In a decision released on September 12, 2013 the Supreme Court
of Canada provided some interesting observations and conclusions in
respect of restrictive covenants. The covenant in question arose
out of the sale of a business and prevented the vendor's
principal from competing with the purchaser for five years after
the end of his consulting employment with the purchaser which
followed the sale. This covenant was limited to the province of
Quebec. It also contained a non-solicitation agreement which
prevented solicitation of both customers and employees of the
purchaser for a similar five-year period and that was without
The Court concluded that, in a sale of business scenario, the
onus is on the employee to show that the covenants are
unreasonable, as opposed to the employer proving them to be
reasonable. It emphasized that courts are much more willing to
uphold clauses in a sale situation, as compared with a simple
employment situation. On the facts of the case, although the
covenant in question was actually part of an employment contract,
the motivation for the covenant was found to be the sale of the
business. That meant that the more receptive position applied.
What factors did the Court consider relevant in assessing
whether the covenants were reasonable? First, it noted: "The
factors that can be taken into consideration include the sale
price, the nature of the business's activities, the
parties' experience and expertise and the fact that the parties
had access to the services of legal counsel and other
professionals." Secondly, the Court accepted that it was a
relevant factor that the agreement in question contained an
agreement that the covenant was reasonable.
In the case, the Court put particular emphasis on the nature of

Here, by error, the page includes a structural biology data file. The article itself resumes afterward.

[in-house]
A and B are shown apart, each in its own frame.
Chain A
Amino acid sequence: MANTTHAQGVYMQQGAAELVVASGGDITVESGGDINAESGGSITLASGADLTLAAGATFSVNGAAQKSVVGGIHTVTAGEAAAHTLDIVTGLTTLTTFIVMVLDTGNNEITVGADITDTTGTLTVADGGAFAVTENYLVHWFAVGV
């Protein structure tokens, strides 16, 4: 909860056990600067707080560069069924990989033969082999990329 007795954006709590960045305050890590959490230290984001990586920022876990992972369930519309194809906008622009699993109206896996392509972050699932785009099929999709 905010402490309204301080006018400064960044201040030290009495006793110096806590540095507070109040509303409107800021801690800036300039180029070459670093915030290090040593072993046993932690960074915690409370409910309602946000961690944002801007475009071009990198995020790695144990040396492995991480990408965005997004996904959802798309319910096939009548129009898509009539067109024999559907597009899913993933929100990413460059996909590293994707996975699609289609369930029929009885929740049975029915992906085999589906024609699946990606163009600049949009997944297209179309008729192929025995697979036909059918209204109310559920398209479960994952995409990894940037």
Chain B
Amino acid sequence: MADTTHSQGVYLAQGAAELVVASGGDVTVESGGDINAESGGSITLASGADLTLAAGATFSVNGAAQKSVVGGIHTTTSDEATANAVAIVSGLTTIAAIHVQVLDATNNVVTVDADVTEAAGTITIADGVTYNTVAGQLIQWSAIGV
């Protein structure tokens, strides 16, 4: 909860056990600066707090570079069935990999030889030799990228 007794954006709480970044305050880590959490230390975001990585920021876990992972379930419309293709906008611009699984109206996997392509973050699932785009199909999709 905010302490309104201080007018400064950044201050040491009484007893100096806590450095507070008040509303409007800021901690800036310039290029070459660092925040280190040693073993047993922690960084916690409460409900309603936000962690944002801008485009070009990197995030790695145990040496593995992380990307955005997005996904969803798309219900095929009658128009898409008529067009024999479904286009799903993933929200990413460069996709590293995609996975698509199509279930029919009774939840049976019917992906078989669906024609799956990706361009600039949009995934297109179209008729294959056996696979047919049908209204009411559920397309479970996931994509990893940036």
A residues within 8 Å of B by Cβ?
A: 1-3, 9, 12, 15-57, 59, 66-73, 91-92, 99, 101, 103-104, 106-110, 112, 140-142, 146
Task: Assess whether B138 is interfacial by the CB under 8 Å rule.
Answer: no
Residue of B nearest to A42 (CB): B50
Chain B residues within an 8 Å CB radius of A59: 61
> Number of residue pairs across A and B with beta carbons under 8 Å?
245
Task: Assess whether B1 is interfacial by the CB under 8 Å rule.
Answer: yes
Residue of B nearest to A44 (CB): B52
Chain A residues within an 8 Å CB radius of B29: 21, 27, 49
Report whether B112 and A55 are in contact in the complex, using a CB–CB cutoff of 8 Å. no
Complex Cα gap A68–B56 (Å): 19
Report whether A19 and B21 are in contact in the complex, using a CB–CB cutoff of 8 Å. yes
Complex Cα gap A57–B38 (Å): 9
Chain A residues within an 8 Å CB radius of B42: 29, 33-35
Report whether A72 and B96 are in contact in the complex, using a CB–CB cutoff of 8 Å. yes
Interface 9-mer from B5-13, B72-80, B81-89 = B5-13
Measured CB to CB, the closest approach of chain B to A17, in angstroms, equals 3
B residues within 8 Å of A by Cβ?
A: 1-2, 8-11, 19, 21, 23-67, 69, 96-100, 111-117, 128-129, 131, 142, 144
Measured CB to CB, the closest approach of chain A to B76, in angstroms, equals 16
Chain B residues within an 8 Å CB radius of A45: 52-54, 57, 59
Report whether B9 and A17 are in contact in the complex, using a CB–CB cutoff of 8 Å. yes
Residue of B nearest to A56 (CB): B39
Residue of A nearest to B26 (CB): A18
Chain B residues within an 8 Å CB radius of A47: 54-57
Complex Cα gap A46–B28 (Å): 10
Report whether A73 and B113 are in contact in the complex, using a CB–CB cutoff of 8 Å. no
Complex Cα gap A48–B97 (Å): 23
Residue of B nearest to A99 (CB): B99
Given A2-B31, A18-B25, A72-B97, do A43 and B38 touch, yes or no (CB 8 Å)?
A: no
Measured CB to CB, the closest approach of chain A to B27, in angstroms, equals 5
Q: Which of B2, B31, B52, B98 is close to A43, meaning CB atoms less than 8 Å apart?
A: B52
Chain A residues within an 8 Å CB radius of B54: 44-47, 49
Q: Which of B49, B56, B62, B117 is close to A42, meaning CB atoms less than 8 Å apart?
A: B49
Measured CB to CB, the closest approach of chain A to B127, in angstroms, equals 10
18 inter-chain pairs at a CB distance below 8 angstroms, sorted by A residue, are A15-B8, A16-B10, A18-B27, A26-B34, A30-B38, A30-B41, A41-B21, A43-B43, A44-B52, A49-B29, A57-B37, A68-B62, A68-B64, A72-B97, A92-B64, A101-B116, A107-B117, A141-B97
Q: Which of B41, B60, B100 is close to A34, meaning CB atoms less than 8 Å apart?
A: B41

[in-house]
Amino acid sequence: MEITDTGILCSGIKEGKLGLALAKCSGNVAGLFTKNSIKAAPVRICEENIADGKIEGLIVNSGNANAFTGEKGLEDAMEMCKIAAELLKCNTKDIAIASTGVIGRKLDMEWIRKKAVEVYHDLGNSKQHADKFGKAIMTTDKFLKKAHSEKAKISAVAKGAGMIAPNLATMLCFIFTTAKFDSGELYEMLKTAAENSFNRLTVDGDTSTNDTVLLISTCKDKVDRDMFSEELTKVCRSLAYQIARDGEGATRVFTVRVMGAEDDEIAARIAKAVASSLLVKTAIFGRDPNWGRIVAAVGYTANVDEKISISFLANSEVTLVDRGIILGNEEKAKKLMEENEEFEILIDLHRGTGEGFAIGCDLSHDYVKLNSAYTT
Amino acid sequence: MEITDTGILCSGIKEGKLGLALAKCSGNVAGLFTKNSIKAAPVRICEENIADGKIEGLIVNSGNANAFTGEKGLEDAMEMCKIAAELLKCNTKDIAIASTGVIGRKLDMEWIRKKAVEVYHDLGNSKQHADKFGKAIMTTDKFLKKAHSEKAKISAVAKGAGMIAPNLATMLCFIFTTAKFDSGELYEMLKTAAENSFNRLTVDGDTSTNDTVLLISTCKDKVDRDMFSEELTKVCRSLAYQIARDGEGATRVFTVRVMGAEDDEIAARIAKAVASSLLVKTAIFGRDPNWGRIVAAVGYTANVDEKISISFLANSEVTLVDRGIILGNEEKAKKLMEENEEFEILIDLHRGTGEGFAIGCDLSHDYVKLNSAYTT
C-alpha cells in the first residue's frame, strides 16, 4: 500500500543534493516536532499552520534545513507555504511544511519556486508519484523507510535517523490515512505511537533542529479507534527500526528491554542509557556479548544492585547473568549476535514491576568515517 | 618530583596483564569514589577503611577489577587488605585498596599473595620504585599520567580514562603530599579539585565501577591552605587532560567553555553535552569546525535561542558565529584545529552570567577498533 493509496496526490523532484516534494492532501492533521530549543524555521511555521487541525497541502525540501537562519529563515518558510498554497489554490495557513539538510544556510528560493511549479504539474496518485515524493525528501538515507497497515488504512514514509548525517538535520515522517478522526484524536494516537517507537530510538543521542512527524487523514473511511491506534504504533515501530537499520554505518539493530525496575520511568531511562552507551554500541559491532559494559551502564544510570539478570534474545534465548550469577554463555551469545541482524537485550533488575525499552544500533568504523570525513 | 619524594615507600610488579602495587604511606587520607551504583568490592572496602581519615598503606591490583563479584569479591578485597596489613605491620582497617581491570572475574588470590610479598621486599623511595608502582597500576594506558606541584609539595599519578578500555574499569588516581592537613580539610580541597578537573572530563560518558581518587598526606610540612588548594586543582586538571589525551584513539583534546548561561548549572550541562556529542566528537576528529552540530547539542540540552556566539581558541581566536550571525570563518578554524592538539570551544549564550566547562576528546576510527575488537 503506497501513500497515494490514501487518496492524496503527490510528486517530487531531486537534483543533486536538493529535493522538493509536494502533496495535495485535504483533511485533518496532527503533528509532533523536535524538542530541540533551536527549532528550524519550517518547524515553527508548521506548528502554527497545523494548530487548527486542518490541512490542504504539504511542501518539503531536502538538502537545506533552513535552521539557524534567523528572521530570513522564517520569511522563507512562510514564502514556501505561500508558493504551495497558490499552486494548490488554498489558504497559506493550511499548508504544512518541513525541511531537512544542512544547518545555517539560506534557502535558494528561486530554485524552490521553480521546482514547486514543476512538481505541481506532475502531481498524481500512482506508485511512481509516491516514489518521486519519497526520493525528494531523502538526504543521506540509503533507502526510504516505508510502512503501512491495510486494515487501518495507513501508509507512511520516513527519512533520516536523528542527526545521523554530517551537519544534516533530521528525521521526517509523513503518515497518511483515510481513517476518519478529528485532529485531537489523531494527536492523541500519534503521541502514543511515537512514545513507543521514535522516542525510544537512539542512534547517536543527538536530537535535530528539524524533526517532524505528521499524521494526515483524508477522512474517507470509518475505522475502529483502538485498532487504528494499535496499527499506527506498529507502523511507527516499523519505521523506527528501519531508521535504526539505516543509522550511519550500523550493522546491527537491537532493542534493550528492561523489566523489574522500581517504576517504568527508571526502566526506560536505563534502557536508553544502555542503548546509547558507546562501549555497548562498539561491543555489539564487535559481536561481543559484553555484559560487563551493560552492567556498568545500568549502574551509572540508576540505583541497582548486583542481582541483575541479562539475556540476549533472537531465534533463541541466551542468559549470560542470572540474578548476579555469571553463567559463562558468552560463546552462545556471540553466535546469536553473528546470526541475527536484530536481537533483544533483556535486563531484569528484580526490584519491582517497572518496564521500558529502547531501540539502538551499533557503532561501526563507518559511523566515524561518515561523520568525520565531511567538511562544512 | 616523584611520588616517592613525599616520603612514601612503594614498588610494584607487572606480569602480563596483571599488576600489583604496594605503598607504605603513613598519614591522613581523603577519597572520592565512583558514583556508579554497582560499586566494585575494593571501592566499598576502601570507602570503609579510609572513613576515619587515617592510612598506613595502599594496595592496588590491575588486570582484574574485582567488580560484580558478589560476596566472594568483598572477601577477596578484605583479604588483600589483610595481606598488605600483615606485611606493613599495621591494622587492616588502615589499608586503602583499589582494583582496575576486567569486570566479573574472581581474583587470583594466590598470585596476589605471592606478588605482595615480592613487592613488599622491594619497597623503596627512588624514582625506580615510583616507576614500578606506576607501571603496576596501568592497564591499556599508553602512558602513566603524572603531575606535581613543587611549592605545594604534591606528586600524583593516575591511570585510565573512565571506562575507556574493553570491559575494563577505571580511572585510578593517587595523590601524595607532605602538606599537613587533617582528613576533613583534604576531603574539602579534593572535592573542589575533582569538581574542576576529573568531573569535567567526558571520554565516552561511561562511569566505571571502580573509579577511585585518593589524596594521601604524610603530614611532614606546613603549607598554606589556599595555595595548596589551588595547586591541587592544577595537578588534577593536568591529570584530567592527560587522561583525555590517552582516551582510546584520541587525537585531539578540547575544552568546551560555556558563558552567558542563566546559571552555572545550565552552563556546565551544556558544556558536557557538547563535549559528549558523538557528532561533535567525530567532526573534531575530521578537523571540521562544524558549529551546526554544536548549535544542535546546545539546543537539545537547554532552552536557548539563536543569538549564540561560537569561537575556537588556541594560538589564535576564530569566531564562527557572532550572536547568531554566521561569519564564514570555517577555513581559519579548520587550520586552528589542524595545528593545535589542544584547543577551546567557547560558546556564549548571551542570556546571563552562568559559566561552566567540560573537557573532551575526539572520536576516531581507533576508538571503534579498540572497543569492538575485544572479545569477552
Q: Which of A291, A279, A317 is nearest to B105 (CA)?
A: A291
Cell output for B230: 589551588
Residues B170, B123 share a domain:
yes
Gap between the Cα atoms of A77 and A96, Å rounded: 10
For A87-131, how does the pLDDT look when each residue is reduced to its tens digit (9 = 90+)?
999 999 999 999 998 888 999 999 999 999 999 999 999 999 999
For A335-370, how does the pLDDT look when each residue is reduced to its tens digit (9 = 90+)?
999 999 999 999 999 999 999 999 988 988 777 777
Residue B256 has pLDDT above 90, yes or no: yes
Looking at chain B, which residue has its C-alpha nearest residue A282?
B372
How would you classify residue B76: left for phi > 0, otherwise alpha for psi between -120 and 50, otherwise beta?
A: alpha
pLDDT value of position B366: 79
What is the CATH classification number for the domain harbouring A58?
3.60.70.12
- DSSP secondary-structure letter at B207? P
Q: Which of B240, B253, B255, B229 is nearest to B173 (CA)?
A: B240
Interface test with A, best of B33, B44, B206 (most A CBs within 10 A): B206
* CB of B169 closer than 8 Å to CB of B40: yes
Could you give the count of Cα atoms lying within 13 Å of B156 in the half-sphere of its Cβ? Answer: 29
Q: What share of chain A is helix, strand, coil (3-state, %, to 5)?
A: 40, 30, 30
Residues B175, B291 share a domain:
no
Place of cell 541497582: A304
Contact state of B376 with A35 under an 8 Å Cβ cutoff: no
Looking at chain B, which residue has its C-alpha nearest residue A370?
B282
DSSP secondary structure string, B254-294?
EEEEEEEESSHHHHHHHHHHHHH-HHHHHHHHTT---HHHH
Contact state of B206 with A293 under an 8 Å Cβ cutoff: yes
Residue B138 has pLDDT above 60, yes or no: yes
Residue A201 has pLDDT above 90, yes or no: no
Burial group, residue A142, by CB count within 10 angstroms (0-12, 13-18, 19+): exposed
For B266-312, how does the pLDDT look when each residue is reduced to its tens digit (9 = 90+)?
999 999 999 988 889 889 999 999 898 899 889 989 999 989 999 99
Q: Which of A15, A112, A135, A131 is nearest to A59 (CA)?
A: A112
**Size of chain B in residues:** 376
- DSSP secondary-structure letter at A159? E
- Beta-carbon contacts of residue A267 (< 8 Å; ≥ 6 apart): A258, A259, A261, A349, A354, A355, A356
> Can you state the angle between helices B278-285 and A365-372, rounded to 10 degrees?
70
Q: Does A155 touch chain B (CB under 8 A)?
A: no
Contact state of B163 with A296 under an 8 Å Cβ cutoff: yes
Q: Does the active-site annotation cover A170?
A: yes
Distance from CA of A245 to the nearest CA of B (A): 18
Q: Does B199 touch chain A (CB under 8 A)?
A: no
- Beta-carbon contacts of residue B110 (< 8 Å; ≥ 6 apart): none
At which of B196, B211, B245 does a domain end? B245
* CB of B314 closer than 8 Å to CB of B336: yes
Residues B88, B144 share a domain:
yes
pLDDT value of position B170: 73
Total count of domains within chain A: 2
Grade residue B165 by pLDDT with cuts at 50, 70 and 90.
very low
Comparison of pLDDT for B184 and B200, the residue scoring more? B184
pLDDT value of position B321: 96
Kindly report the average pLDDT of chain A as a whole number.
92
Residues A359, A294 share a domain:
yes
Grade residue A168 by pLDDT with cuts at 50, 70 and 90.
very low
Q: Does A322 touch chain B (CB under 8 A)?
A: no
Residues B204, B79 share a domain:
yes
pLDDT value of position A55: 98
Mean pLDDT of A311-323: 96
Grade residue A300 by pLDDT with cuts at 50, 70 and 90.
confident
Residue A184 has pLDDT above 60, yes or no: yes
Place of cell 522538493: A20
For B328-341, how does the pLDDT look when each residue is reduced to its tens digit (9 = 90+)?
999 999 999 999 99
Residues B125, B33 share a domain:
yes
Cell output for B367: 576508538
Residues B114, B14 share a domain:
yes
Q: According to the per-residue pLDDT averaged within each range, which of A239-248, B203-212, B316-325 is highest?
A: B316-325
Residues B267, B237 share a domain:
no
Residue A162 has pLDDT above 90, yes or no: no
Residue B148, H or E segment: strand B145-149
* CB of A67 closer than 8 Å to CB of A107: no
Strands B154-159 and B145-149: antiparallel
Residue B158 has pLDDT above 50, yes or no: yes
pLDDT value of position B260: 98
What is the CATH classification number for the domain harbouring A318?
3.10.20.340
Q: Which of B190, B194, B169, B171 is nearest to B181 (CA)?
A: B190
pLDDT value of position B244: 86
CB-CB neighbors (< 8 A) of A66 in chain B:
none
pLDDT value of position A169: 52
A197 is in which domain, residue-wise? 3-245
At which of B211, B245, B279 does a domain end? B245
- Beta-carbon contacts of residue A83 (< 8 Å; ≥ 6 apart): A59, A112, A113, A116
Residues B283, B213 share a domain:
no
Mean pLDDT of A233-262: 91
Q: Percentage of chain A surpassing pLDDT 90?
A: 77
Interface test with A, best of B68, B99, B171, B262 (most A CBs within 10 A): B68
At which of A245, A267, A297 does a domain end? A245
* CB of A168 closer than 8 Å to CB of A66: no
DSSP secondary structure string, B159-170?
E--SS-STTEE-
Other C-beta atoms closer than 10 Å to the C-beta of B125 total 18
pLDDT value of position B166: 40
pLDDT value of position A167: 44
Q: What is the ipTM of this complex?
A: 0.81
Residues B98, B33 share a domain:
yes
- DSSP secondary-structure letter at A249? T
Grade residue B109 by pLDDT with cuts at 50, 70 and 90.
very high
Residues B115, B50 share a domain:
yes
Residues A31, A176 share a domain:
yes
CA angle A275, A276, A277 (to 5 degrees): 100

the business and its specialized nature because that showed a need
for protection from competition. However, in its analysis, the
court provided somewhat of a green light for broad covenants with
the general observation that: "For example, in the case of a
sale of assets between well informed persons who are represented by
competent counsel, it is likely, although there may be exceptions,
that the clause so negotiated is reasonable."
Because there was conflicting authority before, it is helpful
that the decision also recognized another point. In a recognition
of the nature of modern commerce, the Court confirmed that a
geographic limitation was not required for an enforceable
non-solicitation covenant although a reasonable geographic limit
was required for an enforceable non-competition covenant.
The case contains other conclusions that are pertinent to the
law of Quebec but these general conclusions by the Court are of
assistance and apply to Canada's common law jurisdictions.
Restrictive covenants have to be carefully drafted so that they
provide reasonable protection for a purchaser or they will be void.
Each circumstance requires careful assessment. One restriction
could be reasonable on certain facts but not in other situations.
However, this case provides encouragement for substantial
restrictions in sale situations and hope that broad and lengthy
covenants will be enforced.
The content of this article is intended to provide a general
guide to the subject matter. Specialist advice should be sought
about your specific circumstances.
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